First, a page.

We have shown that patients with spondylarthritis express cell-surface HLA–B27 heavy-chain homodimers (HC-B27) and also cellular receptors for HC-B27. A role for free HLA–B27 heavy chains in the pathogenesis of spondylarthritis has previously been suggested following studies of HLA–B27–transgenic β2m-deficient mice (3). HLA–B27+, β2m−/− murine peripheral blood lymphocytes (PBLs) express cell-surface HLA–B27 heavy chains following concanavalin A treatment (3), and heavy-chain expression can also be detected in the thymus and PBLs of B27+, mβ2m−/− huβ2m+ mice (4). Furthermore, disease onset can be delayed by administration of HC-10, an antibody with specificity for HLA–B27 heavy chains, but not by ME1, an mAb that recognizes HLA–B27 associated with β2m and peptide (4, 5). HLA–B27 heavy chains have been found to preferentially form disulfide-bonded homodimers in vitro (9), and β2m-free HLA–B27 heavy chains can be detected at the cell surface of certain HLA–B27–transfected cell lines with defects in antigen presentation (9).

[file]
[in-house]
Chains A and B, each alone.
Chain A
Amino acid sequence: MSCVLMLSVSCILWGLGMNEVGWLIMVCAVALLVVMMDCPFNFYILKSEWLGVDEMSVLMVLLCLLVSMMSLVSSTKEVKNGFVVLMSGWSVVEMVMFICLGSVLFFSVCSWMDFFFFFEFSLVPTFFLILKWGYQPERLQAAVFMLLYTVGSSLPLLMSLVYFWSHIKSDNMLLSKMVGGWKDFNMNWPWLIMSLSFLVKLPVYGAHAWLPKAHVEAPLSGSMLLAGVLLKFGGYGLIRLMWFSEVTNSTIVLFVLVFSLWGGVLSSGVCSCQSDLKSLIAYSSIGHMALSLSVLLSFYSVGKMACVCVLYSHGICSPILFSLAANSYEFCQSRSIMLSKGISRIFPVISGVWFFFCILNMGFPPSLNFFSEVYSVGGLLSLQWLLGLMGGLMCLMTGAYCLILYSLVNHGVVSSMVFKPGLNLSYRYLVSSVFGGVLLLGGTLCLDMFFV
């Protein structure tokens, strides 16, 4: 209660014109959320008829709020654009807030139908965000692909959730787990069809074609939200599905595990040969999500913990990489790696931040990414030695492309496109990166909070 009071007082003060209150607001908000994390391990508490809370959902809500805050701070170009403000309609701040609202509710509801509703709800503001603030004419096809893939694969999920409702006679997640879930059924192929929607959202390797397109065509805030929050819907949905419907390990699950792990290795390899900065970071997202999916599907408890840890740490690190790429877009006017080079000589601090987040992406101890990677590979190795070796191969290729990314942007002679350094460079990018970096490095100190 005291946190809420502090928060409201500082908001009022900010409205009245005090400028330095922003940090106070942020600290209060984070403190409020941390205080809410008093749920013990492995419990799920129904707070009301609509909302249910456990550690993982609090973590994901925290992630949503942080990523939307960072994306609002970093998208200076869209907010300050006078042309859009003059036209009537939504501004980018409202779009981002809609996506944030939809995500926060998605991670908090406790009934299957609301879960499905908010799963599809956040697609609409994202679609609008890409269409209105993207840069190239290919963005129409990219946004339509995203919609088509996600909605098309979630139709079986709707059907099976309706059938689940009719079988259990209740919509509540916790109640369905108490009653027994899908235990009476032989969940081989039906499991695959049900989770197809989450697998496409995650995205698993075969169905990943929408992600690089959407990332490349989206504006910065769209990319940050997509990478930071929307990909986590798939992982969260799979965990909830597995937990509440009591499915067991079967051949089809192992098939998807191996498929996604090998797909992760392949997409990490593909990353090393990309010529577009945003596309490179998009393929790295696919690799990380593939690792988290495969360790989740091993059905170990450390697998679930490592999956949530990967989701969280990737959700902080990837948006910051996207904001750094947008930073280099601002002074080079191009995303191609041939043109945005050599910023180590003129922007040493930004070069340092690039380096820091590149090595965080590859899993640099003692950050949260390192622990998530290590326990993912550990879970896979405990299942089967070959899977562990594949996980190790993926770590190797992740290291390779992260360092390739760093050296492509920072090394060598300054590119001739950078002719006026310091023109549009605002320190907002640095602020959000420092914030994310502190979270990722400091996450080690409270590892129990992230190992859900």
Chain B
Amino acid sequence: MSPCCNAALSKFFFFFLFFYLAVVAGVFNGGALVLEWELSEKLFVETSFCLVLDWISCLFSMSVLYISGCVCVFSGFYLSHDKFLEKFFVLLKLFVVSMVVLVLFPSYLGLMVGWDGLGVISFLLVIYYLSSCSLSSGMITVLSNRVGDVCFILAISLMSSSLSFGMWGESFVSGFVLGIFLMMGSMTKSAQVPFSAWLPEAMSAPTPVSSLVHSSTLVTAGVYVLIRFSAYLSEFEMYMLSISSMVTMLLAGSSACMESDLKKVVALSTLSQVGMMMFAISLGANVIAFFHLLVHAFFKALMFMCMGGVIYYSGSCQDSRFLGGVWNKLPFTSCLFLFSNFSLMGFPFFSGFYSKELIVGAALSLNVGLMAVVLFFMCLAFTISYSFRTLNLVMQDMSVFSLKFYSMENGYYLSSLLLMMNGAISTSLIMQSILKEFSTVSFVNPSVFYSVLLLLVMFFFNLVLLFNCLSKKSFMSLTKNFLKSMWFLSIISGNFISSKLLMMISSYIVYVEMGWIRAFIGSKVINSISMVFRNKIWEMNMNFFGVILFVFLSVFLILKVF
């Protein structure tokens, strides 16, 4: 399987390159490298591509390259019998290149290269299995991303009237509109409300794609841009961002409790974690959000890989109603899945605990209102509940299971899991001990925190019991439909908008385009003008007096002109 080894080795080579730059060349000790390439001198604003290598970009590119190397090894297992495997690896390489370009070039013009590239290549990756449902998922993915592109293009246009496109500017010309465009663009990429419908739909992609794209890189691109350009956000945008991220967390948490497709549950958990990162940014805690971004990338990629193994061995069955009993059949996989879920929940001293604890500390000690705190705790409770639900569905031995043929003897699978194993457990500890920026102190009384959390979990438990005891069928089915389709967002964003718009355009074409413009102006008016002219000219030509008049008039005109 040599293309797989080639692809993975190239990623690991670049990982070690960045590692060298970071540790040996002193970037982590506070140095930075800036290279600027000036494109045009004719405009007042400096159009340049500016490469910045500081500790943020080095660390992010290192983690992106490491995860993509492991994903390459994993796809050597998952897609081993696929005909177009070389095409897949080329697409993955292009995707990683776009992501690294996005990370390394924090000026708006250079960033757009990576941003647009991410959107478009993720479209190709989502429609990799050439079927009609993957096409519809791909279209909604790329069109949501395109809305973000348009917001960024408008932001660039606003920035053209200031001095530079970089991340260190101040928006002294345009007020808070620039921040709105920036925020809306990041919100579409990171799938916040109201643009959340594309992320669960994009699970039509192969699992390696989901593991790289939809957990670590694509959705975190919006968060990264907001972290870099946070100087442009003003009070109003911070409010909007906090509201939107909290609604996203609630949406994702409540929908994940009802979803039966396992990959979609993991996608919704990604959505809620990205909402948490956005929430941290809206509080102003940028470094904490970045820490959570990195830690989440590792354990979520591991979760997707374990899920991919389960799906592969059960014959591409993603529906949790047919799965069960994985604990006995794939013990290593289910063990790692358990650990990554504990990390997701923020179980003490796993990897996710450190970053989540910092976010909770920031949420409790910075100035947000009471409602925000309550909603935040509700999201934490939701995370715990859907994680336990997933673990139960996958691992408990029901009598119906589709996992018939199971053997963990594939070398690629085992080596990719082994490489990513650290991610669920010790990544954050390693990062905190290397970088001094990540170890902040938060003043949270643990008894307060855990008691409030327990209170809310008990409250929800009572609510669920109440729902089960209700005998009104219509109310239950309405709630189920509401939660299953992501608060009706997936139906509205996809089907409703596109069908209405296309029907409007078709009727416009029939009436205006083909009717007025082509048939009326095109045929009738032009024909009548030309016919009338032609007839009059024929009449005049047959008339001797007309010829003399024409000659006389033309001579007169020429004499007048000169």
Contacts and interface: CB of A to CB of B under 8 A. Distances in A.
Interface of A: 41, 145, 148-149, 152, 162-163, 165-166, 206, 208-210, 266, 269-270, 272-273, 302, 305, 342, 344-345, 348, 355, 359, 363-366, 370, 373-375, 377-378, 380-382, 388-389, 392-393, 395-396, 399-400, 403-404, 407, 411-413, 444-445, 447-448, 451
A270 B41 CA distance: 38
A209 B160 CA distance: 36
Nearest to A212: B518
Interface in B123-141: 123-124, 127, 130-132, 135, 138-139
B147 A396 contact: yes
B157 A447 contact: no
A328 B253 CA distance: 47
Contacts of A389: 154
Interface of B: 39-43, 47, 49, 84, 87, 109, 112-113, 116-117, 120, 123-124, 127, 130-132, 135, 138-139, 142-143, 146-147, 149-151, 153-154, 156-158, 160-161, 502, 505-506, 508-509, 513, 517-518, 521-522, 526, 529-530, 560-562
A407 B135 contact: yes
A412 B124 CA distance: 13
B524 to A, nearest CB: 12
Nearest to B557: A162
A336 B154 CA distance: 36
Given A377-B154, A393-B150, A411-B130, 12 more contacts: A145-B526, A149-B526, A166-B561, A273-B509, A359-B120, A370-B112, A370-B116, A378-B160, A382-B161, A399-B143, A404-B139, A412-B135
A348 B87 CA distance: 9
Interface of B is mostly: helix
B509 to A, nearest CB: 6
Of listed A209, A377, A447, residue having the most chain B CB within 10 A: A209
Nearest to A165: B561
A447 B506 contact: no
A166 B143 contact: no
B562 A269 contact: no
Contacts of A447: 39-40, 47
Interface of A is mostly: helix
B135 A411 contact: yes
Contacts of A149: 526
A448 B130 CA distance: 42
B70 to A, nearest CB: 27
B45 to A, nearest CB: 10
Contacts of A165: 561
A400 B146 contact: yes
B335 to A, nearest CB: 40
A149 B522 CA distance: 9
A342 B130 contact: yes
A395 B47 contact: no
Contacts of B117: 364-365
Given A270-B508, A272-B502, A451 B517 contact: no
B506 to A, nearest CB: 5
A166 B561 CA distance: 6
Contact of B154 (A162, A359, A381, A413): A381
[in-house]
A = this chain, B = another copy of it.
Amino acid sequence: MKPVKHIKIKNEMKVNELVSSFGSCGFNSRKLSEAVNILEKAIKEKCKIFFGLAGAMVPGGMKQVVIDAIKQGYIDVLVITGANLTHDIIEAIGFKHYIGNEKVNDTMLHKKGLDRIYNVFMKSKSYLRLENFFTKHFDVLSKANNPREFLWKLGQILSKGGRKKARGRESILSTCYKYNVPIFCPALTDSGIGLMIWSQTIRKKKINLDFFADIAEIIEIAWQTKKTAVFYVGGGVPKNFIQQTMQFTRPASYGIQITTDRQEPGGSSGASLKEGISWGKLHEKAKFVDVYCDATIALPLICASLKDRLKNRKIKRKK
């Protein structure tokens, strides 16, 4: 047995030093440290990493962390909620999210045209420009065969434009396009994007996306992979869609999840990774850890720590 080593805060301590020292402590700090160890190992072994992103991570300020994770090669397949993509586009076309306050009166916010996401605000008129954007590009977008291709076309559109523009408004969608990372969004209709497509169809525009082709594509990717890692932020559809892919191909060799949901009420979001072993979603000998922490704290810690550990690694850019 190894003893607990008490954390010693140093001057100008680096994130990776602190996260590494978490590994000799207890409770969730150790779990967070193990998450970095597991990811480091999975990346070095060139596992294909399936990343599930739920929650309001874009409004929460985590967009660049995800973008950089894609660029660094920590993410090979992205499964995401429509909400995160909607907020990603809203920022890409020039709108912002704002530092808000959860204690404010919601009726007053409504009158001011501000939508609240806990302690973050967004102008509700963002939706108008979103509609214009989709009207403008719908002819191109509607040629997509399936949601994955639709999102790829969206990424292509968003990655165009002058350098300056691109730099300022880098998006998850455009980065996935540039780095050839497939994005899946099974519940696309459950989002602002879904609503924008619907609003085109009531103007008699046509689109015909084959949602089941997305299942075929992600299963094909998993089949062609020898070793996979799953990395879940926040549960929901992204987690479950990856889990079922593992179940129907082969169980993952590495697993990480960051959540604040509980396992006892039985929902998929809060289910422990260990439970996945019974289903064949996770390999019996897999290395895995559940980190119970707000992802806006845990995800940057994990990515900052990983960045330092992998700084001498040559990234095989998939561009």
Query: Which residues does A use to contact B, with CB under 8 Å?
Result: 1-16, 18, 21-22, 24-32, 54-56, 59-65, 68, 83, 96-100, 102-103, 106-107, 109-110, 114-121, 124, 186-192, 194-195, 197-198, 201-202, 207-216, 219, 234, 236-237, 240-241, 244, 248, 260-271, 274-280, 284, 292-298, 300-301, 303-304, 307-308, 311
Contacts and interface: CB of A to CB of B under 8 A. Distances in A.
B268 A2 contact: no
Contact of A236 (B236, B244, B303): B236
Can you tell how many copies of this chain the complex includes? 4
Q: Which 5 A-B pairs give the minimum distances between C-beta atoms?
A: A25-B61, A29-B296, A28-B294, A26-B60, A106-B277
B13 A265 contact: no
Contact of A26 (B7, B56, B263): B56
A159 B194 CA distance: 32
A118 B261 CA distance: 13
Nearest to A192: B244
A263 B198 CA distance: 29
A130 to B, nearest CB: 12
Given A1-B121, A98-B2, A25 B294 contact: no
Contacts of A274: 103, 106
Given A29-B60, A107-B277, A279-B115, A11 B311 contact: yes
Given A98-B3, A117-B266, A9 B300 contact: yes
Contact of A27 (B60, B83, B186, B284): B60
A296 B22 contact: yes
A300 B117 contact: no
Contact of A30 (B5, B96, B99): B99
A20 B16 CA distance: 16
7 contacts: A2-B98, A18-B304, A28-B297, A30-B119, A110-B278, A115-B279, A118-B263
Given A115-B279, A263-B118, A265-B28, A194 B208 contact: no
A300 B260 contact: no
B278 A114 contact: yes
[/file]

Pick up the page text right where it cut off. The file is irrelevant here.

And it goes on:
Here we have shown that patients with spondylarthritis express HC-10–reactive class I heavy chains on monocytes and lymphocytes ex vivo, and that HC-B27 homodimers are expressed on PBMCs. We have also shown that some heavy chains in SFMCs as well as PBMCs are expressed in the form of homodimers. Expression of β2-free heavy chains has been described previously (19), and activated human lymphocytes are known to express conformationally distinct free heavy chains on the cell surface (20), where clustering has been observed (21). Thus, cell-surface heavy-chain expression is not confined to patients with spondylarthopathy or indeed to HLA–B27. However, cell-surface expression of HC-B27 homodimers and subsequent interaction with heavy-chain receptors could differ quantitatively or qualitatively from other class I molecules and contribute to the pathogenesis of the spondylarthropathies. The ability of HLA–B27 to form disulfide bonds through cys 67 may be important in this respect.